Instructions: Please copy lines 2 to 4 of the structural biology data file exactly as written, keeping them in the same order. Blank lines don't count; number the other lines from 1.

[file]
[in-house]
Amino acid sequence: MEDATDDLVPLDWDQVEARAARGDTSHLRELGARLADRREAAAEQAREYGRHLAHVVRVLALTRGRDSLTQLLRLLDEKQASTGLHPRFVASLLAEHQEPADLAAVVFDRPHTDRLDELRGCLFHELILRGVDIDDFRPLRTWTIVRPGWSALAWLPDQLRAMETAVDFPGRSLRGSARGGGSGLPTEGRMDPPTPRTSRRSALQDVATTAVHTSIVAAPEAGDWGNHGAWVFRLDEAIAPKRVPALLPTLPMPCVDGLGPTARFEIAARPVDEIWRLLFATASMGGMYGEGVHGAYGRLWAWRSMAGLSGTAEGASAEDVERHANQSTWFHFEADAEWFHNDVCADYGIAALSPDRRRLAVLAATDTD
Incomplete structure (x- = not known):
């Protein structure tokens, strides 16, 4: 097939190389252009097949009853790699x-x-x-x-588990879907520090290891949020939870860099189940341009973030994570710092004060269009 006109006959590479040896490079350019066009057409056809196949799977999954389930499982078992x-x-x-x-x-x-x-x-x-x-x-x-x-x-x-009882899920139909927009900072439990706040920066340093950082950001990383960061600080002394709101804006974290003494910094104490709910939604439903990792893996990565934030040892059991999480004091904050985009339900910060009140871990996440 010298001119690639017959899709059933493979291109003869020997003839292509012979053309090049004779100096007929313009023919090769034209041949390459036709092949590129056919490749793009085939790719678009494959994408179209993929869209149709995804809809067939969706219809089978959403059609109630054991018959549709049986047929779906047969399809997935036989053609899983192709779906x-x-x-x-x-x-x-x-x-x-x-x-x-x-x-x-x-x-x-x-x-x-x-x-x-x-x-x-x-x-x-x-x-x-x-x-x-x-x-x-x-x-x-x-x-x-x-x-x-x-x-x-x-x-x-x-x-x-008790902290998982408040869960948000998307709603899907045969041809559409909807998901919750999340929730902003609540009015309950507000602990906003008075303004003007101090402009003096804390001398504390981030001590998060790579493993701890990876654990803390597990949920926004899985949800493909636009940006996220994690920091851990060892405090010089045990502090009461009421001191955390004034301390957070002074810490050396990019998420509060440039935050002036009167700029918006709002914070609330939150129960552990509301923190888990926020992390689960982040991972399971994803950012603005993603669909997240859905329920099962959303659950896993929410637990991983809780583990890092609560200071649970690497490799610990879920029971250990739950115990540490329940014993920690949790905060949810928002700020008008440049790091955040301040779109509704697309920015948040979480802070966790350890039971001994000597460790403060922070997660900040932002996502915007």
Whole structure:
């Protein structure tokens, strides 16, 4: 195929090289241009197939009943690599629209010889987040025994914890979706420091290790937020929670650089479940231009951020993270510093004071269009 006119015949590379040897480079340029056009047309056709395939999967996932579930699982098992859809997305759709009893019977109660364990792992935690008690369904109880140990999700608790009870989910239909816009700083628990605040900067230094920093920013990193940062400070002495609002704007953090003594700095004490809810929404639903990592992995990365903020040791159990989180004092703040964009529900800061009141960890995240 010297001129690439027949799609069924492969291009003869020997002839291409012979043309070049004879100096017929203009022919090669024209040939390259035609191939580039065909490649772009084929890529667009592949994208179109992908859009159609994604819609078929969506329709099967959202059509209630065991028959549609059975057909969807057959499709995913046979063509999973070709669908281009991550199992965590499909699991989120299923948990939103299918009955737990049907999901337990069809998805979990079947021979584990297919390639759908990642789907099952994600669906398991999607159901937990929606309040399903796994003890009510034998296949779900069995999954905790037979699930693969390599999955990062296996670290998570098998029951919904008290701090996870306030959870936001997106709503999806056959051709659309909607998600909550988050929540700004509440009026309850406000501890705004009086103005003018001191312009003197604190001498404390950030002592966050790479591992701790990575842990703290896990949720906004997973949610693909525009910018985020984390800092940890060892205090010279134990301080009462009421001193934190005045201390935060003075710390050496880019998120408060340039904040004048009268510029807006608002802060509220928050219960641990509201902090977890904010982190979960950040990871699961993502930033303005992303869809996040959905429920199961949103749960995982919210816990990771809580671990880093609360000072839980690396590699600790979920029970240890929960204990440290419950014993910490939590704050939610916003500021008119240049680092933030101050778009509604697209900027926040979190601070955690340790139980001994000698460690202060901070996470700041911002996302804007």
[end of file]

Amino acid sequence: MEDATDDLVPLDWDQVEARAARGDTSHLRELGARLADRREAAAEQAREYGRHLAHVVRVLALTRGRDSLTQLLRLLDEKQASTGLHPRFVASLLAEHQEPADLAAVVFDRPHTDRLDELRGCLFHELILRGVDIDDFRPLRTWTIVRPGWSALAWLPDQLRAMETAVDFPGRSLRGSARGGGSGLPTEGRMDPPTPRTSRRSALQDVATTAVHTSIVAAPEAGDWGNHGAWVFRLDEAIAPKRVPALLPTLPMPCVDGLGPTARFEIAARPVDEIWRLLFATASMGGMYGEGVHGAYGRLWAWRSMAGLSGTAEGASAEDVERHANQSTWFHFEADAEWFHNDVCADYGIAALSPDRRRLAVLAATDTD
Incomplete structure (x- = not known):
């Protein structure tokens, strides 16, 4: 097939190389252009097949009853790699x-x-x-x-588990879907520090290891949020939870860099189940341009973030994570710092004060269009 006109006959590479040896490079350019066009057409056809196949799977999954389930499982078992x-x-x-x-x-x-x-x-x-x-x-x-x-x-x-009882899920139909927009900072439990706040920066340093950082950001990383960061600080002394709101804006974290003494910094104490709910939604439903990792893996990565934030040892059991999480004091904050985009339900910060009140871990996440 010298001119690639017959899709059933493979291109003869020997003839292509012979053309090049004779100096007929313009023919090769034209041949390459036709092949590129056919490749793009085939790719678009494959994408179209993929869209149709995804809809067939969706219809089978959403059609109630054991018959549709049986047929779906047969399809997935036989053609899983192709779906x-x-x-x-x-x-x-x-x-x-x-x-x-x-x-x-x-x-x-x-x-x-x-x-x-x-x-x-x-x-x-x-x-x-x-x-x-x-x-x-x-x-x-x-x-x-x-x-x-x-x-x-x-x-x-x-x-x-008790902290998982408040869960948000998307709603899907045969041809559409909807998901919750999340929730902003609540009015309950507000602990906003008075303004003007101090402009003096804390001398504390981030001590998060790579493993701890990876654990803390597990949920926004899985949800493909636009940006996220994690920091851990060892405090010089045990502090009461009421001191955390004034301390957070002074810490050396990019998420509060440039935050002036009167700029918006709002914070609330939150129960552990509301923190888990926020992390689960982040991972399971994803950012603005993603669909997240859905329920099962959303659950896993929410637990991983809780583990890092609560200071649970690497490799610990879920029971250990739950115990540490329940014993920690949790905060949810928002700020008008440049790091955040301040779109509704697309920015948040979480802070966790350890039971001994000597460790403060922070997660900040932002996502915007």